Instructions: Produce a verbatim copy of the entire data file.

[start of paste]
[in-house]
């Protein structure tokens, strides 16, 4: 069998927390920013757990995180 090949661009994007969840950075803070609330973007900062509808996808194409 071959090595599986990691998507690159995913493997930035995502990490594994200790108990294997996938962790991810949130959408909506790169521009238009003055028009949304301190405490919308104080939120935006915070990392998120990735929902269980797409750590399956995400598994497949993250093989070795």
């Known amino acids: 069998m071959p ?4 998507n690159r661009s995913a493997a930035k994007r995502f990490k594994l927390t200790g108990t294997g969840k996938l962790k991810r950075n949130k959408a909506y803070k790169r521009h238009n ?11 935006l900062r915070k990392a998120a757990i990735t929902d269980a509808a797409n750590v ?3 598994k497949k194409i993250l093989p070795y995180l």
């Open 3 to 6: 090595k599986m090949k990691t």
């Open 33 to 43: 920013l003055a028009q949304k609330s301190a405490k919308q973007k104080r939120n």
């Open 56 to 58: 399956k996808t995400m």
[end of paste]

[in-house]
């Protein structure tokens, strides 16, 4: 069998927390920013757990995180 090949661009994007969840950075803070609330973007900062509808996808194409 071959090595599986990691998507690159995913493997930035995502990490594994200790108990294997996938962790991810949130959408909506790169521009238009003055028009949304301190405490919308104080939120935006915070990392998120990735929902269980797409750590399956995400598994497949993250093989070795």
């Known amino acids: 069998m071959p ?4 998507n690159r661009s995913a493997a930035k994007r995502f990490k594994l927390t200790g108990t294997g969840k996938l962790k991810r950075n949130k959408a909506y803070k790169r521009h238009n ?11 935006l900062r915070k990392a998120a757990i990735t929902d269980a509808a797409n750590v ?3 598994k497949k194409i993250l093989p070795y995180l």
């Open 3 to 6: 090595k599986m090949k990691t």
């Open 33 to 43: 920013l003055a028009q949304k609330s301190a405490k919308q973007k104080r939120n």
């Open 56 to 58: 399956k996808t995400m």